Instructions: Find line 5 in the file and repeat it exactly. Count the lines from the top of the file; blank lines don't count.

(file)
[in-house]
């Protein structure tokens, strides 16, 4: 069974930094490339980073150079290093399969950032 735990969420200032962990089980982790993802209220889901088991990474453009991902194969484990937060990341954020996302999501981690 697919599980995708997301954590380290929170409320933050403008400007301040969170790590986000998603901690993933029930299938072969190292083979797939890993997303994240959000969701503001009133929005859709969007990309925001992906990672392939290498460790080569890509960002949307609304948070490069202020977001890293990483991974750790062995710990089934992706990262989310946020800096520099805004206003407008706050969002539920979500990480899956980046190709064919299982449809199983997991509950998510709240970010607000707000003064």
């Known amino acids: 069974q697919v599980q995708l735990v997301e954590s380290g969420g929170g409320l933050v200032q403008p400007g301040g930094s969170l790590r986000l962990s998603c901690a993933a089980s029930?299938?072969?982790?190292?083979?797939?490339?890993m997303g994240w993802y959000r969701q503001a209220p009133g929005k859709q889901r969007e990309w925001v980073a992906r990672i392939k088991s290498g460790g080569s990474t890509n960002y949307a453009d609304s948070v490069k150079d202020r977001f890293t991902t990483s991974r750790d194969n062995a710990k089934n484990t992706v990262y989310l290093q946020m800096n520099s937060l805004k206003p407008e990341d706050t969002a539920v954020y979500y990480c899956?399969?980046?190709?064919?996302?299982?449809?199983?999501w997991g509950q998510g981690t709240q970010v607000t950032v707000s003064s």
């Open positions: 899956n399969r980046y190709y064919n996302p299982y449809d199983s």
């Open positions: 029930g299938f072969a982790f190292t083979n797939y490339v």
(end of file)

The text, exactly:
């Open positions: 029930g299938f072969a982790f190292t083979n797939y490339v």